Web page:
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Moods: Mood: Quirky Avant Garde: Free Improvisation Avant Garde: Structured Improvisation

By Location
Netherlands

Duo Baars - Henneman

Duo Baars - Henneman
Ab Baars tenorsax clarinet shakuhachi
Ig Henneman viola

“There’s a breathless tension and expectation in these musical dialogues, as if neither participant has any idea what is coming next, and the music trembles on the edge of revelation. It has no need for any of the trappings of jazz or classical or any other kind of music. It is sound discovered and organized with no preconceived notions and it is both incredibly touching and intellectually thrilling at the same time.”
— Ed Hazell, Signal to Noise

Duo Baars-Henneman features two of the leading composer-improvisers on the thriving Dutch jazz scene — multi-reed player Ab Baars and violist Ig Henneman. The USA tour 2012 featured a selection of their new program, Autumn Songs, a suite of free improvisations and compositions. The program has also been released on the CD Autumn Songs Wig 22 (2013).

Partners in life as well as music, Baars and Henneman have worked together since the late eighties. They first performed as a duo in 1999 at the Festival ControIndicazioni in Rome, and have since toured as a duo worldwide throughout Japan, USA, Canada, Brazil and throughout Europe. Author Mischa Andriessen describes their music as, “two voices that belong together without being completely subsumed by the other; they literally play with one another.” In 2006, they recorded their debut duo album, Stof (Wig), which critic Frans van Leeuwen described as “A poetic soundscape, a musical fairy tale, a walk without a key map; this CD is as intangible and ambiguous as the little word ‘stof.’” In early 2013 they will present their new duo CD Autumn Songs recorded live at the Bimhuis in Amsterdam on Nov 30, 2012.

Working with a combination of compositions and completely improvised pieces, Baars and Henneman collaborate in a way which is immediate and honest yet full of contradictions. They have gleaned elements of numerous genres, including jazz and western classical music, but also Native American song and more popular idioms. This, mixed with a deep understanding of free jazz and free improvisation in all its forms, has led them to a sort of erudite yet irreverent personal language which allows them to nod to the past while destroying its restrictions. This irreverence and playfulness is something that is typical in Dutch improvised music. However, where an artist such as legendary drummer Han Bennink is happy to express this outwardly in the form of theater and absurd antics, Henneman and Baars have found their own way to rebel against convention. Within the duo one hears a constant tight rope walk of experimentation and control. Never content to take the easy path, to make music that just works, they are constantly pushing the music, and their listeners, right to the breaking point.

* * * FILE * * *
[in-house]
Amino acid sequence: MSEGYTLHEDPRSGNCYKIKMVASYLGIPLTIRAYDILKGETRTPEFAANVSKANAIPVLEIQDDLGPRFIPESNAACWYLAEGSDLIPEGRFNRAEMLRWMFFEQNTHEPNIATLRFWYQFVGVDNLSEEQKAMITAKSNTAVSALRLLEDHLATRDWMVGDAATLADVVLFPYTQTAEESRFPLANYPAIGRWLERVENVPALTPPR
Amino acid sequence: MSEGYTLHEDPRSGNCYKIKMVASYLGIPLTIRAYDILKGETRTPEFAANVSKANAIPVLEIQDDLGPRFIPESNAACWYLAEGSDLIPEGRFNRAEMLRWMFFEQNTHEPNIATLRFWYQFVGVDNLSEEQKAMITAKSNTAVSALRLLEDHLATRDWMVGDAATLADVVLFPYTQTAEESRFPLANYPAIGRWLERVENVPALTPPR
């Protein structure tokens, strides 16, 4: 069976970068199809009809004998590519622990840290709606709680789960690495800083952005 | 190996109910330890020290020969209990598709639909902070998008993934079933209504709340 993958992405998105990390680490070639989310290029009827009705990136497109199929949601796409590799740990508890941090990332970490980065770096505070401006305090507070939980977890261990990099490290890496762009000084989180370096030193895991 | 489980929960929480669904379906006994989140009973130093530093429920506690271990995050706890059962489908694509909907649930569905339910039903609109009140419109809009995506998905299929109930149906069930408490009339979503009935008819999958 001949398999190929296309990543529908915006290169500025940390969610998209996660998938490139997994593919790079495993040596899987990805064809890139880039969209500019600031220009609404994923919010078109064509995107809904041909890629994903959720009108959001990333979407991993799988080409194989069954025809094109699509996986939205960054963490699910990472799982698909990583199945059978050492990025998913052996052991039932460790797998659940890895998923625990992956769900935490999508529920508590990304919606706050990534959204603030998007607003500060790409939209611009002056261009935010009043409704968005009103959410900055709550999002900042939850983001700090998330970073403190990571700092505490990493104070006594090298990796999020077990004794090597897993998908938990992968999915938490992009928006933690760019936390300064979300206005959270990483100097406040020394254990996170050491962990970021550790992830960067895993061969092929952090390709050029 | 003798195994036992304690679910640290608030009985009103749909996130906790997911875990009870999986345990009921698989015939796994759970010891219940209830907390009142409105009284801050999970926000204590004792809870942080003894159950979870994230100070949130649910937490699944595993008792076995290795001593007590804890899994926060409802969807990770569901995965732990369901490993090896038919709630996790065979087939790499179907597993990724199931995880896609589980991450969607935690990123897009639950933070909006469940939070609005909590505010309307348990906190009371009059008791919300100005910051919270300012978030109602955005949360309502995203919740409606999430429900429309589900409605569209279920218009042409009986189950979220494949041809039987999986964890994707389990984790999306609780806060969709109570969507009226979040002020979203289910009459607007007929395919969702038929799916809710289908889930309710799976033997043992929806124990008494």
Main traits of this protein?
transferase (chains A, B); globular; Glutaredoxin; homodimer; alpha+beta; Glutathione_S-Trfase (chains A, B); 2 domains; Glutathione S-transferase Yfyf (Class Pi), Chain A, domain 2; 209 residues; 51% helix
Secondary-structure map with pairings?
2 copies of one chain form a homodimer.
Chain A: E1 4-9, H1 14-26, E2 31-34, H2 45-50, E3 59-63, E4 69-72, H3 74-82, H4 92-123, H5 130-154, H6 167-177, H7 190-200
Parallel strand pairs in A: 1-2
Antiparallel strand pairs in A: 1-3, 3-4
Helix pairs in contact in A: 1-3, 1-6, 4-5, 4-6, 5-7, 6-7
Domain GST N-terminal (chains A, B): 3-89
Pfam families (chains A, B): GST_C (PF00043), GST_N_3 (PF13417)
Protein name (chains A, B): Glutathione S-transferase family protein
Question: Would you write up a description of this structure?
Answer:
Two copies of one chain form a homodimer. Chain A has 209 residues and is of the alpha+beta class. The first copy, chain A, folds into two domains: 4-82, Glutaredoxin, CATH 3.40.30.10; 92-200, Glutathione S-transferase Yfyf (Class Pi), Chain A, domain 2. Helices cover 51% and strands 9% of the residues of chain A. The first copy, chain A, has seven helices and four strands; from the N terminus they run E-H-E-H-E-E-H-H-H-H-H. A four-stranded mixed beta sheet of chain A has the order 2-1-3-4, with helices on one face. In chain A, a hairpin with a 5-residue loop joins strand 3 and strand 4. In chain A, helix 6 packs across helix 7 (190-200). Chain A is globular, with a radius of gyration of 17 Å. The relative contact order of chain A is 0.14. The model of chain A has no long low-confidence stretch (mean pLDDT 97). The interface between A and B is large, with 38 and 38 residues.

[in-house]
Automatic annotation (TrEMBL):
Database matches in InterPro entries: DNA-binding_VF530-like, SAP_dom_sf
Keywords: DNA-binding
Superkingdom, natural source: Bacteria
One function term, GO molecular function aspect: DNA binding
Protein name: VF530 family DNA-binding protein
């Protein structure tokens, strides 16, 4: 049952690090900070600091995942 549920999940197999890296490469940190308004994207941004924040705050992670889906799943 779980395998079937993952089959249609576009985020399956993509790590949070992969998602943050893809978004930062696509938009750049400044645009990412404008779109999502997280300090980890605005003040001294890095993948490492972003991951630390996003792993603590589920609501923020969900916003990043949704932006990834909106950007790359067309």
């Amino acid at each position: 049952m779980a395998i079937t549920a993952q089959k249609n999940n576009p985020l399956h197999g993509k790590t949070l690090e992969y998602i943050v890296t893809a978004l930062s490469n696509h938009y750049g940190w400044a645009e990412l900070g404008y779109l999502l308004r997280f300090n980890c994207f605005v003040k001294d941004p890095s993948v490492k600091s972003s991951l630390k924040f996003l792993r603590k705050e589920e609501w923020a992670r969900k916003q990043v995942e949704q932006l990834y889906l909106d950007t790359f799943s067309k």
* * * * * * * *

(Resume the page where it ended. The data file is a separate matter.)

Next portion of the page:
Ab Baars plays tenor saxophone, clarinet, and shakuhachi with a completely idiosyncratic style. His own groups include the Ab Baars trio with bassist Wilbert de Joode and drummer Martin van Duynhoven, which he has led for more than 20 years. On several occasions, the trio has welcomed special guests, including Steve Lacy, Ken Vandermark, Roswell Rudd, Vincent Chancy, and Fay Victor, among others. The more recent Ab Baars quartet features de Joode, van Duynhoven, and trombonist Joost Buis. Since 1986, he has been a distinctive voice in Holland’s premiere improvising large ensemble, the ICP Orchestra, led by Misha Mengelberg and Han Bennink. In addition he is a frequent collaborator with the Dutch rock band The Ex. In 1989, Ab was awarded the highest honor a jazz musician can receive in the Netherlands, the Boy Edgar Prize. “His work has always been smart and marked by meticulous care,” says DownBeat critic Peter Margasak, “but as he’s aged he’s increasingly channeled his ideas into concentrated, perfectly pitched excursions that focus on specific notions without wasted notes.”

Ig Henneman is “an artist incapable of remaining satisfied with any music that lies strictly within the boundaries of any one style,” writes critic Ed Hazell in Signal to Noise. She has created, “a beautiful, functioning musical world all its own that Henneman developed organically out of poetry, jazz, classical, improvised music—and birdsong.” She has composed for and led the Ig Henneman Tentet and the Ig Henneman String Quartet. In addition, she is a member of the Queen Mab Trio with Canadians Lori Freedman on clarinet and Marilyn Lerner on piano. She has also composed for ensembles and soloists. Most recently, Henneman has led the Ig Henneman Sextet, an international band with members from Germany, Canada, and the Netherlands. Their debut album Cut a Caper (Wig), was described as “an album brilliantly composed, performed by a stellar ensemble and executed with staggering passion. Adventurous, captivating, demanding and rewarding,” when Jazz Alchemist picked it as one of the best albums of 2011. Also the recent second album Live @ The Ironworks has been very well received.